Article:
When companies evaluate rapid methods for use in their microbial quality control testing, one area that can often cause confusion is the validation requirements of the various methods. For example, methods that are growth-based have different validation requirements to methods that would be considered alternative, and within the alternative methods there are differences based on the scientific method employed. The recent release of the newly revised PDA Technical Report 33, “Evaluation, Validation and Implementation of New Microbiological Testing Methods,” is an excellent resource for detailed guidance on preparing the business to implement and validate a rapid method.
Automated, growth-based methods such as The Growth DirectTM System allow users to automate the tasks they already perform by hand, streamlining their existing workflows and cutting out a great deal of hands-on work. These types of methods can be classified as “automated compendial,” since they simply automate the existing method and provide results in colony forming units (CFUs). In contrast, some alternative RMM technologies involve entirely new processes and additional steps. These changes can impact training plans and SOPs and increase the validation requirements.
Whatever method is selected, it must be validated before moving into routine use. Among other stakeholders, the validation process requires involvement of quality assurance personnel and external regulatory agencies if a license change is required. The following are some of the processes involved in validating growth-based and alternative rapid methods.
Alternative Method Validation
Because many alternative methods deviate significantly from the traditional method, the validation requirements often include not only accuracy and precision but also specificity, linearity, range and robustness. An additional challenge with some alternative methods is reporting in measurements other than CFUs, creating an extra effort to equate the results to the traditional method. These can require more time and resources for manufacturers to validate the method. Alternative technologies may use different growth mediums, which must be shown to produce levels of growth similar to traditional agars. These additional testing requirements can drastically lengthen the time and money manufacturers must spend before they can apply these new technologies in their QC labs.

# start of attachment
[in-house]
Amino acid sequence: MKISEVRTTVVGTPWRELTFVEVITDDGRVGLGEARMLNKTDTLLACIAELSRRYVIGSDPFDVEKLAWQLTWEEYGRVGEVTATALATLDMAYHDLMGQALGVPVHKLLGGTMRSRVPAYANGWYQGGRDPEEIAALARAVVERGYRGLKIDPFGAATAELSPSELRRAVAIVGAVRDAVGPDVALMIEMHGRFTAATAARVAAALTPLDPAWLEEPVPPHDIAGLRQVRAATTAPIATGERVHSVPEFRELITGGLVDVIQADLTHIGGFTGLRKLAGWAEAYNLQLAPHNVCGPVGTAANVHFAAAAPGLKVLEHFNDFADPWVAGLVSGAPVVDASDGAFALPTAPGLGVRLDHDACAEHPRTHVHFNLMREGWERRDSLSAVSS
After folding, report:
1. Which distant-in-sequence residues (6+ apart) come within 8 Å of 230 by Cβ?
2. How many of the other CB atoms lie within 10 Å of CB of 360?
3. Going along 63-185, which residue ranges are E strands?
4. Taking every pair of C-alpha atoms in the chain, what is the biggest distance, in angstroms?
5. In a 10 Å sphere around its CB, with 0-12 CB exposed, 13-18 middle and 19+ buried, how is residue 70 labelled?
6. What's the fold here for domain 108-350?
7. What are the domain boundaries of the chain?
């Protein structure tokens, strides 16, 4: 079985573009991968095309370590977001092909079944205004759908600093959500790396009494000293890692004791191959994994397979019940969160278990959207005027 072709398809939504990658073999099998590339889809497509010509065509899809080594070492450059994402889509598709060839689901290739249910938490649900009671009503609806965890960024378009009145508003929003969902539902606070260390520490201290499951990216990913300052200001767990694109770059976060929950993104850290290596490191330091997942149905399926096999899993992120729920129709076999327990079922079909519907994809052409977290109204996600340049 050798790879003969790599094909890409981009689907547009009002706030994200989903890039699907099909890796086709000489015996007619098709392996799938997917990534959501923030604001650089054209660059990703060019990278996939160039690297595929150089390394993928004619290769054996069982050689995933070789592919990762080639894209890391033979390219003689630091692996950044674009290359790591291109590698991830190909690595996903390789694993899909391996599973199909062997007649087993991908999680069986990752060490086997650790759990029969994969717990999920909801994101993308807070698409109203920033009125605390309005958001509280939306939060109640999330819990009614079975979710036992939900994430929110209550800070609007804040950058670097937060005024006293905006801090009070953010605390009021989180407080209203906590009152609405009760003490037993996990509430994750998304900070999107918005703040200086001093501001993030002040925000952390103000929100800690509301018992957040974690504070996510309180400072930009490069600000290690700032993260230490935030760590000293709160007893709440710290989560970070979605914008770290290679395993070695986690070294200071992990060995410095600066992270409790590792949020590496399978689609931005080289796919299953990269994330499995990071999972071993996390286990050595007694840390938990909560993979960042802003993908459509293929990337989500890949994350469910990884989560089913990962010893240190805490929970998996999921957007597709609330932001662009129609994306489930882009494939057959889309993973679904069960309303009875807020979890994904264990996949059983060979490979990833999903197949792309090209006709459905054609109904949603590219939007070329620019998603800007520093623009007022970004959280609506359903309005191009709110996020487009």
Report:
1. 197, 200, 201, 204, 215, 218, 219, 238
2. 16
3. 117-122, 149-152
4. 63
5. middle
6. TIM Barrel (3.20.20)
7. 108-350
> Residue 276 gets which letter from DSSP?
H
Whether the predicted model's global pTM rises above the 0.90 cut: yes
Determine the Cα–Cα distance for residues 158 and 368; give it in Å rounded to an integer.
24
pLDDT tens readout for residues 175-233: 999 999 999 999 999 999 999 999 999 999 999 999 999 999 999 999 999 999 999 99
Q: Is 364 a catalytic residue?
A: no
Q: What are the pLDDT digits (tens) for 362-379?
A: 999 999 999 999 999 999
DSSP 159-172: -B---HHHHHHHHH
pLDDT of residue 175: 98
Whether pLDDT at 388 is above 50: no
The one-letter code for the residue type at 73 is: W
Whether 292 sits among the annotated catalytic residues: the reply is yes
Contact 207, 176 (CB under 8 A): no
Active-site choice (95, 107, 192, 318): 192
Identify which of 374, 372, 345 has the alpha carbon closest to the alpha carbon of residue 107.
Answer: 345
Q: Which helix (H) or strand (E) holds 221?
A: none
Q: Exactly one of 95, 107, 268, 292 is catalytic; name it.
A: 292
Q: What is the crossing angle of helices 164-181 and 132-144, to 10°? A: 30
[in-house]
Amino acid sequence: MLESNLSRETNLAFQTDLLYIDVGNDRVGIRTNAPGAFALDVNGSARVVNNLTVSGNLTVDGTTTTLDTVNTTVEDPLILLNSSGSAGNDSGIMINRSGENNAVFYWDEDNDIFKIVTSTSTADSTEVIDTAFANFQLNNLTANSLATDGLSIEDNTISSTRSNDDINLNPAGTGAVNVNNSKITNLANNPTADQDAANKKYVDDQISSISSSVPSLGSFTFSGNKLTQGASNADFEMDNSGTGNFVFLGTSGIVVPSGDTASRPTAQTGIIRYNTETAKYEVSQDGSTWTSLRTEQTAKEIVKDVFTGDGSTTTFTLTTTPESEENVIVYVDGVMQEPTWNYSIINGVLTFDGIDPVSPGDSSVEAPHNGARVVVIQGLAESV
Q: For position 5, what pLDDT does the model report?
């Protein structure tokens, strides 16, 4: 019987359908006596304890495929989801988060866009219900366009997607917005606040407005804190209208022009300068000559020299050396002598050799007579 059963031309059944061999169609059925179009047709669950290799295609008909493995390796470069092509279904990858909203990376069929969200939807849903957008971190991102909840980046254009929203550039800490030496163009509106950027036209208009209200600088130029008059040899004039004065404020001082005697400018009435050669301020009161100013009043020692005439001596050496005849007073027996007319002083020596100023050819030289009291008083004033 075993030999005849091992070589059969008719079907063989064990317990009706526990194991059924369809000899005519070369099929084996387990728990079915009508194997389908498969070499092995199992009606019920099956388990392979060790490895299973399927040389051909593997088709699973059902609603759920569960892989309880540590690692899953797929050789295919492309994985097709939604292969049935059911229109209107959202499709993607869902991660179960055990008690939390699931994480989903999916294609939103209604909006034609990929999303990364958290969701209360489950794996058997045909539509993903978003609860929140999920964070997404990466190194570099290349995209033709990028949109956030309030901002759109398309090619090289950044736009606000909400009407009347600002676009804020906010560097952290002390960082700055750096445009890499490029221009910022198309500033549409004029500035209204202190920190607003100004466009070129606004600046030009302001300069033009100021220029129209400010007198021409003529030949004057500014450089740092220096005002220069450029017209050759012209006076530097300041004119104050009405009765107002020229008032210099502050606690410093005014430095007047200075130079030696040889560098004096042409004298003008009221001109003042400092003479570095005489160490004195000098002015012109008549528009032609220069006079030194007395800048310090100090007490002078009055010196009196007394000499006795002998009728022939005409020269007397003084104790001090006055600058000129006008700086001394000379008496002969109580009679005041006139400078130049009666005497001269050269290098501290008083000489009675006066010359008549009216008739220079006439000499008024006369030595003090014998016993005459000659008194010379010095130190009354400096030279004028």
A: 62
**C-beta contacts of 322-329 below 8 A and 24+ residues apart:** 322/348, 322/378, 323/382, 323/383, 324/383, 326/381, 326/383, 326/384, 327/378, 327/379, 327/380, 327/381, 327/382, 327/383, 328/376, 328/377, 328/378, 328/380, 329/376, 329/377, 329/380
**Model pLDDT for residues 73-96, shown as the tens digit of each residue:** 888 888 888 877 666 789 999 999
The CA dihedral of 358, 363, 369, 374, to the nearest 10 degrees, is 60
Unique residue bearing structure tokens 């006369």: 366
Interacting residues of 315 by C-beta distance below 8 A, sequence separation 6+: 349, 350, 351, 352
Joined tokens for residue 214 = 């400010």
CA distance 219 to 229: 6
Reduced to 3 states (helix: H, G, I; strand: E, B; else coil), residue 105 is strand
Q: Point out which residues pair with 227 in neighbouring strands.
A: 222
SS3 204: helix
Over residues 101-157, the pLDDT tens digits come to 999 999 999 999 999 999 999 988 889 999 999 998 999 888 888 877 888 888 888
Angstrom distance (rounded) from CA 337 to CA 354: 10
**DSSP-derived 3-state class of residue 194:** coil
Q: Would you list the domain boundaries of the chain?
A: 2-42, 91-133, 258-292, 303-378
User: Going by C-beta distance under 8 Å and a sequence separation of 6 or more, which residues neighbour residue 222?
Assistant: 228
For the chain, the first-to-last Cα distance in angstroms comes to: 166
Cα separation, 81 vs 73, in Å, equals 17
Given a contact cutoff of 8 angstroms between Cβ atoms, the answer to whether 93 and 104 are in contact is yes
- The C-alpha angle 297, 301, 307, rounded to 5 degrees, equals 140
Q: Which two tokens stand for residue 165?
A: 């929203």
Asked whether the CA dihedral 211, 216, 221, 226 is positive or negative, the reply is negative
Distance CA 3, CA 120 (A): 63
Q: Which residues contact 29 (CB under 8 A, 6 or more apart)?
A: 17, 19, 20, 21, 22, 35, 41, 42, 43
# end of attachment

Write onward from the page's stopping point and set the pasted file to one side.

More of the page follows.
Since automated growth-based methods simply automate the compendial method, they require less validation steps. According to the PDA's TR33 document, technologies that are considered automated traditional or compendial need to be validated for accuracy and precision as part of the activities listed below.
For a technology like the Growth Direct™ System, this means that the validation process would involve the following steps:
- Installation and Operational Qualification (IOQ): Ensures that all systems are installed correctly and the equipment operates appropriately.
- Performance Qualification (PQ): Verifies the systems' performance compared to the compendial method using a variety of standard organisms.
- Method Suitability: Validates the new method against the specific product of interest. This step ensures that the product of interest does not exhibit any inherent characteristics that would interfere with the new method and that the new method produces results comparable to the traditional method.
For Growth DirectTM System users, validation can be streamlined with the help of experienced product experts. Rapid Micro Biosystems personnel are available during every step of the system's installation and validation, providing training, documentation and support to both quality control and quality assurance personnel.
Straightforward validation is just one of the benefits of The Growth DirectTM System. To learn more about how a growth-based system can improve your quality control environment, download the free guide, 4 Benefits of Automated Rapid Detection & Enumeration today.